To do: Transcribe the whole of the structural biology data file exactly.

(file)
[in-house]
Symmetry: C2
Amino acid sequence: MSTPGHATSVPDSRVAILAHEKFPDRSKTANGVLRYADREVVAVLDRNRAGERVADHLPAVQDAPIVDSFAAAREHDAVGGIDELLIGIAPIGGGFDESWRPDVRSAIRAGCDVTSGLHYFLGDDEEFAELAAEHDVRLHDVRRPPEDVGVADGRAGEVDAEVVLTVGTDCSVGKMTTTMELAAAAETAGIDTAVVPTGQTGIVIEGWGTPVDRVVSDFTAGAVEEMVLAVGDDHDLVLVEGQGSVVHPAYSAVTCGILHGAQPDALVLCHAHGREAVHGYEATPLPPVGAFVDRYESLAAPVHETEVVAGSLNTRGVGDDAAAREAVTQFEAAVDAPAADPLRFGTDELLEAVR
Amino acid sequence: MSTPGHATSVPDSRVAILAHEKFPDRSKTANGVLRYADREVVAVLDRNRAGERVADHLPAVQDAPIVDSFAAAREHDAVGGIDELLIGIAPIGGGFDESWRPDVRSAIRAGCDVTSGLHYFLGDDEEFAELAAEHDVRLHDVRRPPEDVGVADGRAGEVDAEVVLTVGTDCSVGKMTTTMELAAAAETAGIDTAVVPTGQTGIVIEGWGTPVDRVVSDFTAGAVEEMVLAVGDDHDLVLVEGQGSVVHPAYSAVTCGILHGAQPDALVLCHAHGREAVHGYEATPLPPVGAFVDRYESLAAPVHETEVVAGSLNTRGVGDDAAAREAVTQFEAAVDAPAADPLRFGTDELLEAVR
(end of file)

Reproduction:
[in-house]
Symmetry: C2
Amino acid sequence: MSTPGHATSVPDSRVAILAHEKFPDRSKTANGVLRYADREVVAVLDRNRAGERVADHLPAVQDAPIVDSFAAAREHDAVGGIDELLIGIAPIGGGFDESWRPDVRSAIRAGCDVTSGLHYFLGDDEEFAELAAEHDVRLHDVRRPPEDVGVADGRAGEVDAEVVLTVGTDCSVGKMTTTMELAAAAETAGIDTAVVPTGQTGIVIEGWGTPVDRVVSDFTAGAVEEMVLAVGDDHDLVLVEGQGSVVHPAYSAVTCGILHGAQPDALVLCHAHGREAVHGYEATPLPPVGAFVDRYESLAAPVHETEVVAGSLNTRGVGDDAAAREAVTQFEAAVDAPAADPLRFGTDELLEAVR
Amino acid sequence: MSTPGHATSVPDSRVAILAHEKFPDRSKTANGVLRYADREVVAVLDRNRAGERVADHLPAVQDAPIVDSFAAAREHDAVGGIDELLIGIAPIGGGFDESWRPDVRSAIRAGCDVTSGLHYFLGDDEEFAELAAEHDVRLHDVRRPPEDVGVADGRAGEVDAEVVLTVGTDCSVGKMTTTMELAAAAETAGIDTAVVPTGQTGIVIEGWGTPVDRVVSDFTAGAVEEMVLAVGDDHDLVLVEGQGSVVHPAYSAVTCGILHGAQPDALVLCHAHGREAVHGYEATPLPPVGAFVDRYESLAAPVHETEVVAGSLNTRGVGDDAAAREAVTQFEAAVDAPAADPLRFGTDELLEAVR